Carlson called it beyond the pale. You bet it is. Now he should look in the mirror and see the reason why. Then give himself a second chance to right this wrong with regard to Vick.

Tuesday, December 28, 2010

Graveyard whistling

Well, well, well. Eric Mangini has picked up a couple of staunch supporters in the Browns' locker room as his job security hangs precariously.

Cornerback Sheldon Brown and fullback Lawrence Vickers have the coach's back despite a 5-10 season that has seen the club blow numerous opportunities for a far better record. None of that seems to matter to Brown and Vickers, though.

"I have then utmost respect for him," Brown told the Cleveland media. "I can't say anything negative about him,. You may find someone else, but I can't. He has treated me like a man from day one. He has all the intangibles. He learned from the best (Bill Belichick)."

And those intangibles are? Brown didn't elaborate.

Chimed in Vickers: "I love Mangini. He's a good guy, so I want him back. If not, I can't do anything about it. Like he tells us, life goes on. We want to keep fighting for our coach. That's the type of coach he is. Hey, he coaches us to finish and that's what we're trying to do."

Misguided thoughts? Or perhaps the thoughts players reacting defensively when their coach is attacked. Then again, this could be a case of Brown and Vickers saying the right thing. No sense in trashing the coach now, not with just one game left. It's possible they're lobbying for their jobs next season no matter who the coach is.

"Obviously, (Mangini) knows the plan," continued Brown. "For us, it's just going out and executing the plan. It's not his fault when we give up touchdown passes. It's not his fault when we throw interceptions. It's not his fault when we fumble. The players control that."

Then fire the players. If that's Brown's rationale, then coaches should never get fired. Someone has to be held responsible for the players' performance. One of the head coach's jobs is putting players in a position to succeed. Has Mangini done that? Look at a the record, guys. It's nothing of which to be proud.

With all due respect to Brown and Vickers, who play the game the right way, maybe they haven't looked at the standings lately. The Browns have played 15 games and won five. They have not played good football since a four-game stretch in the middle of the season. That is totally unacceptable.

All that reflects on the head coach. No way can I prove it, but if Mike Holmgren had coached the Browns this season, there's no way they would be 5-10 at this point. Moot point, but you catch my drift.

Again, someone must be held responsible. And in the buck-stops-here world of the National Football League, that leads to only one place. That place is not the locker room. It's the office of the head coach.

It's an office that just might have a new occupant next season despite what Brown and Vickers think of Mangini. If that's the case, look for the two Browns to embrace him just as they did the current coach.

Monday, December 27, 2010

Monday leftovers

One of Eric Mangini's weakest areas throughout the season has been time management. It reared its ugly little head again in Sunday's loss to the Baltimore Ravens.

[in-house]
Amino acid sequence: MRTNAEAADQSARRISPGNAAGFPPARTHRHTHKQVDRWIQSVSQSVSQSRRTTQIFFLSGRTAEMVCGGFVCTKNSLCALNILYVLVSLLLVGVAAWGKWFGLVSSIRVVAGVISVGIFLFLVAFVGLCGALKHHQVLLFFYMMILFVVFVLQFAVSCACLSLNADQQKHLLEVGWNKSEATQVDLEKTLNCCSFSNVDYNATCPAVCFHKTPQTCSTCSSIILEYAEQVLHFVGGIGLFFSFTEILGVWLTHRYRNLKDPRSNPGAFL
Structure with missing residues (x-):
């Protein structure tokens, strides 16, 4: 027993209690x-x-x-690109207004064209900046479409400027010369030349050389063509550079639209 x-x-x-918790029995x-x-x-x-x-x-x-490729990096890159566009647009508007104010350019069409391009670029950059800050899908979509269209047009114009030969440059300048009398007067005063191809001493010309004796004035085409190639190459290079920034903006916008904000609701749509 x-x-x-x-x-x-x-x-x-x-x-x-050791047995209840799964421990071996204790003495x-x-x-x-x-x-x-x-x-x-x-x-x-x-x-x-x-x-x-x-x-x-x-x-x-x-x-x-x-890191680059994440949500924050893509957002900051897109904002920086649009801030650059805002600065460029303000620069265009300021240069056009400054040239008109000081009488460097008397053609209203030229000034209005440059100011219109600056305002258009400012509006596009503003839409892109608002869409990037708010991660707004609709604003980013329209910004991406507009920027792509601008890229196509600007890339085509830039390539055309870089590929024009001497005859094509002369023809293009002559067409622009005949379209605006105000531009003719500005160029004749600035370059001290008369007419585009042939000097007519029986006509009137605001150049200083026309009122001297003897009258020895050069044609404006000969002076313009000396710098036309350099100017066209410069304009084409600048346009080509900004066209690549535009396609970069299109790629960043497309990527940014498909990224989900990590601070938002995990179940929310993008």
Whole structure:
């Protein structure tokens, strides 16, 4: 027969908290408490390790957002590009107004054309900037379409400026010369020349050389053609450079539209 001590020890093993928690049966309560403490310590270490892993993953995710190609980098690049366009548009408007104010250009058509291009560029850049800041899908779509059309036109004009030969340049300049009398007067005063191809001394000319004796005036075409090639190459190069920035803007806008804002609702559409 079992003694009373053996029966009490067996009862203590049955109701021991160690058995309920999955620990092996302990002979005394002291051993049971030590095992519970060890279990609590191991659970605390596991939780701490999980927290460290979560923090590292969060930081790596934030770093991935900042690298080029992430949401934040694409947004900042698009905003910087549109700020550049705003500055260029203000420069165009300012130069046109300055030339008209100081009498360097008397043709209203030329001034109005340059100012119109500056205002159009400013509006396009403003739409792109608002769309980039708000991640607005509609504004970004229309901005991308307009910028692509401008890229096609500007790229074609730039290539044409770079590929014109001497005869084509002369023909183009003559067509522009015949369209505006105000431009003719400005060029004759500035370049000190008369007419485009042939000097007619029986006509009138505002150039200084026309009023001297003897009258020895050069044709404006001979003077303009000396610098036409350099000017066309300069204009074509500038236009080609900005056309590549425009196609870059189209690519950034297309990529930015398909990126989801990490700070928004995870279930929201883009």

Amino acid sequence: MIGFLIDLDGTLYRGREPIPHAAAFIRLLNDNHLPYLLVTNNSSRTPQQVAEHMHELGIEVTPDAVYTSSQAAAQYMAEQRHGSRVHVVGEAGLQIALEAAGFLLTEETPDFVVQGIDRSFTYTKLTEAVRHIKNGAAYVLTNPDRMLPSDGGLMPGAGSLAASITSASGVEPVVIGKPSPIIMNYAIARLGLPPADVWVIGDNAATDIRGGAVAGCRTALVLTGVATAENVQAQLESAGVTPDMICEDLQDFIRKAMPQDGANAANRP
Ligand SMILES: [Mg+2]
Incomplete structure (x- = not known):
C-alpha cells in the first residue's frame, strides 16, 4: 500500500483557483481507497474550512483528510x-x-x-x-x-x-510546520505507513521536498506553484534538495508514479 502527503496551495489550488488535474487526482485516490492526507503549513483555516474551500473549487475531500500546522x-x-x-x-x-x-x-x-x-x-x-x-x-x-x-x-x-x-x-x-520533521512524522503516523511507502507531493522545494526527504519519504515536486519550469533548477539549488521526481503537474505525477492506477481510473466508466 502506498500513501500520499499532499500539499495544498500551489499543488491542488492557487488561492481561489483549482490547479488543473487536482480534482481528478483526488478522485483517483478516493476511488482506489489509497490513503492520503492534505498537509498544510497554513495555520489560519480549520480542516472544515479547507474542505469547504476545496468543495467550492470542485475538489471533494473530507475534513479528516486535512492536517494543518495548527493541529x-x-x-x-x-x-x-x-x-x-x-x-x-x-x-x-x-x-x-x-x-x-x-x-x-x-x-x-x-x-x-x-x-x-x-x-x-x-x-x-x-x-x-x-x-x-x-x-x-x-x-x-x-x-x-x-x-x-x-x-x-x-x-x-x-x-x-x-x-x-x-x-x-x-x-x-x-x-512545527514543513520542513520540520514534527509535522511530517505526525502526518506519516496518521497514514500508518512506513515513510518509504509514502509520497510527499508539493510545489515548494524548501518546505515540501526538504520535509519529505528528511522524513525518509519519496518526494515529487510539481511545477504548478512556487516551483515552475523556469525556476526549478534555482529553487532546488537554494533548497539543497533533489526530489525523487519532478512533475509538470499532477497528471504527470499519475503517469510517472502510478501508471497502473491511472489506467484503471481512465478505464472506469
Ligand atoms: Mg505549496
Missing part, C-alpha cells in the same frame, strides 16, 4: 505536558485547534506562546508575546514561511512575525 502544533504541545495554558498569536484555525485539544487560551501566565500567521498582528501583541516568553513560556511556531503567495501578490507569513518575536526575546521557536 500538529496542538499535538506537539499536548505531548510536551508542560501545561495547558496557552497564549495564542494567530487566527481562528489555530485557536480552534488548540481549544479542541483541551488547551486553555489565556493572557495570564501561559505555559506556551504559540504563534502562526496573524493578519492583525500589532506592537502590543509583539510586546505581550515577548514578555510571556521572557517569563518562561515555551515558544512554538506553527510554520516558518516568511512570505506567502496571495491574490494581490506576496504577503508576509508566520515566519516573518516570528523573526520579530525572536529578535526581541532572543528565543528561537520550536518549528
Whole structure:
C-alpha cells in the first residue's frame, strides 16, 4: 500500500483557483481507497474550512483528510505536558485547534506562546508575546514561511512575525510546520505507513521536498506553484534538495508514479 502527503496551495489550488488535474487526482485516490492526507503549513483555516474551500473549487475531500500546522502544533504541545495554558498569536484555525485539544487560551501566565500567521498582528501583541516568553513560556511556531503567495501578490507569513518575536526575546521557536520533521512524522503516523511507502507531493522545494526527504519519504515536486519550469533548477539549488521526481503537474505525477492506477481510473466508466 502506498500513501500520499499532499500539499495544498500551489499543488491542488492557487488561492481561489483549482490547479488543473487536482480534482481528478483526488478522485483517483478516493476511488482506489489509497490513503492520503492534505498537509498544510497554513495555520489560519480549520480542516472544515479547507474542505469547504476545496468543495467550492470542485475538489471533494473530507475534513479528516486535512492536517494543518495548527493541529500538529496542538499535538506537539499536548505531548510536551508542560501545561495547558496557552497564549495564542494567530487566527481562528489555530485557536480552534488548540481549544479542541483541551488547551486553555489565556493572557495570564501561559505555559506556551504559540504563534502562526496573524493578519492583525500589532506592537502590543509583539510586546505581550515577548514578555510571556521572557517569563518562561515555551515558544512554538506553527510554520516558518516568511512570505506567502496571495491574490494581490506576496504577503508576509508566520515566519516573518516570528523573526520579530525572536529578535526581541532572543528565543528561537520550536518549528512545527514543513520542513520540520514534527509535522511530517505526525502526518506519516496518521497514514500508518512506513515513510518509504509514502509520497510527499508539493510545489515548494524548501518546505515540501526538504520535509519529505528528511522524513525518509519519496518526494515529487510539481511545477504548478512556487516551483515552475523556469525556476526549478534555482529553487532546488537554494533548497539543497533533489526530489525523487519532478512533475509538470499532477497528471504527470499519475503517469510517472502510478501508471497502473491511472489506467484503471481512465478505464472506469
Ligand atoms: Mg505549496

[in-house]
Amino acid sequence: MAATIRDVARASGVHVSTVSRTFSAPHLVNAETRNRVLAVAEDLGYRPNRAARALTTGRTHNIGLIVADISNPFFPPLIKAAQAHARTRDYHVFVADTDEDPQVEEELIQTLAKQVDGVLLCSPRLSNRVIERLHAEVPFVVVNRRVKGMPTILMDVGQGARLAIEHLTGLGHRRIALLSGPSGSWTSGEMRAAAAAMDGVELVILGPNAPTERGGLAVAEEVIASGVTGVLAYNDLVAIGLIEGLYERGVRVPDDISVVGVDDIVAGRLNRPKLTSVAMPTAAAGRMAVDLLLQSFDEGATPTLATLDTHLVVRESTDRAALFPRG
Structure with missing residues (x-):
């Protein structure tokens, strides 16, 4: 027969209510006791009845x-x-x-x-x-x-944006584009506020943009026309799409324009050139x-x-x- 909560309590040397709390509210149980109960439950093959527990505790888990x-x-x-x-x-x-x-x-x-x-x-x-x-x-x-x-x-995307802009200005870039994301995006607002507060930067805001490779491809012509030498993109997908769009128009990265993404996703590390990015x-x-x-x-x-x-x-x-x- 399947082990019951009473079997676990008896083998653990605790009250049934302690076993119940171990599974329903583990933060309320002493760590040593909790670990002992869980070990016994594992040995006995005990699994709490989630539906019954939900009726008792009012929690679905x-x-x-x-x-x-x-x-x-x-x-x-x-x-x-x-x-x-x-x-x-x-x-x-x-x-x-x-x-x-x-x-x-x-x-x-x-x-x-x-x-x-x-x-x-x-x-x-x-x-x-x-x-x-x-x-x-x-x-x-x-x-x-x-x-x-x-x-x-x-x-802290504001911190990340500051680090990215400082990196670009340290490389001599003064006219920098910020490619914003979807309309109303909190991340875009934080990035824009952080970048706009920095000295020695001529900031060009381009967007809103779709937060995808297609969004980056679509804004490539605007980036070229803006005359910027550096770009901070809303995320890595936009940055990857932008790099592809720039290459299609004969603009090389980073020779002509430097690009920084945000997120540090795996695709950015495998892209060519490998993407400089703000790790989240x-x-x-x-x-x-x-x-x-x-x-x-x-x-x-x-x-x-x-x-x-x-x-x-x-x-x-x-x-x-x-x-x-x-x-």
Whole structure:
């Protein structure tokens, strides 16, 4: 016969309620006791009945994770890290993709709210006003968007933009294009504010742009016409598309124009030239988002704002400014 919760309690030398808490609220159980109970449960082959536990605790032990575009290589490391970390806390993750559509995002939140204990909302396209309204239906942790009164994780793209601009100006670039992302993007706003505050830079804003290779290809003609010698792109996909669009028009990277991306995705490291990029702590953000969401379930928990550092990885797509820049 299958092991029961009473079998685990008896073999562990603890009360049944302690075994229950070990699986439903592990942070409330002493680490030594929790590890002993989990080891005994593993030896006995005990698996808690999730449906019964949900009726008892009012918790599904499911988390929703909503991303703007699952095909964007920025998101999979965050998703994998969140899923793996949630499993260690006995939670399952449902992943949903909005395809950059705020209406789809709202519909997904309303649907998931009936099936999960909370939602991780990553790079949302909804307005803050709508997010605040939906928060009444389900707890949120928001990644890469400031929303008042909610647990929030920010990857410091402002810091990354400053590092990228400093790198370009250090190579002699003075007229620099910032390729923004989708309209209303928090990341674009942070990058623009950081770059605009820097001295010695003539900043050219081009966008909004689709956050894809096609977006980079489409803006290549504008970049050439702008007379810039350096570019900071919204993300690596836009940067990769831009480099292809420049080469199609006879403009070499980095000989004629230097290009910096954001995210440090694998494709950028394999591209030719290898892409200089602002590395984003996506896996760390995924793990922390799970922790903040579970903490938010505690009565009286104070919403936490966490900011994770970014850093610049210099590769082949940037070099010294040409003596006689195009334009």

Trailing, 13-7, and marching resolutely down the field with time winding down in the first half, the Browns reached the Baltimore 13 following a Colt McCoy scramble. With about about a minute left and all three timeouts, the Browns huddled as though it was the middle of the quarter.

There was no hurry up, no timeouts called, no spiking of the ball to stop the clock. Precious seconds ticked off and the Browns made no attempt to stop the clock. Why? Try to follow the logic of Mangini as he explained his strategy following the game.

"Get the points that are available from our perspective and not give their offense, which is a really good offense, a chance to go down and score," he said, giving the Ravens' offense much more credit than it deserved. That's called defensive coaching. And he has convinced at least two of his players it was the correct move.

"That's what we wanted to do from the sideline," McCoy said. "We weren't trying to not score. We took some shots at the end zone. But these guys, they're very good when you get down tight. Taking care of the ball, getting three points going into halftime without giving them the ball back, we have the momentum at that point."

Of course they weren't trying to not score. But what weren't they trying to not score? A touchdown or a field goal? And why were they so frightened of a Baltimore offense that had scored only 13 points to that point?

"It was good football," seconded offensive tackle Joe Thomas. Really? Playing conservatively for a field goal instead aggressively for a touchdown when you're in the red zone and down by six points is good football? No, that's defensive football. Conservative football. A pessimistic approach to football. Bad football.

In his first true test of playing in the capricious wind bowl known as Cleveland Browns Stadium in the winter, McCoy all but flunked. He found out you cannot float the football to your receivers as well in December as you can in October. Three interceptions later, lesson learned. Maybe. We'll find our this Sunday against Pittsburgh.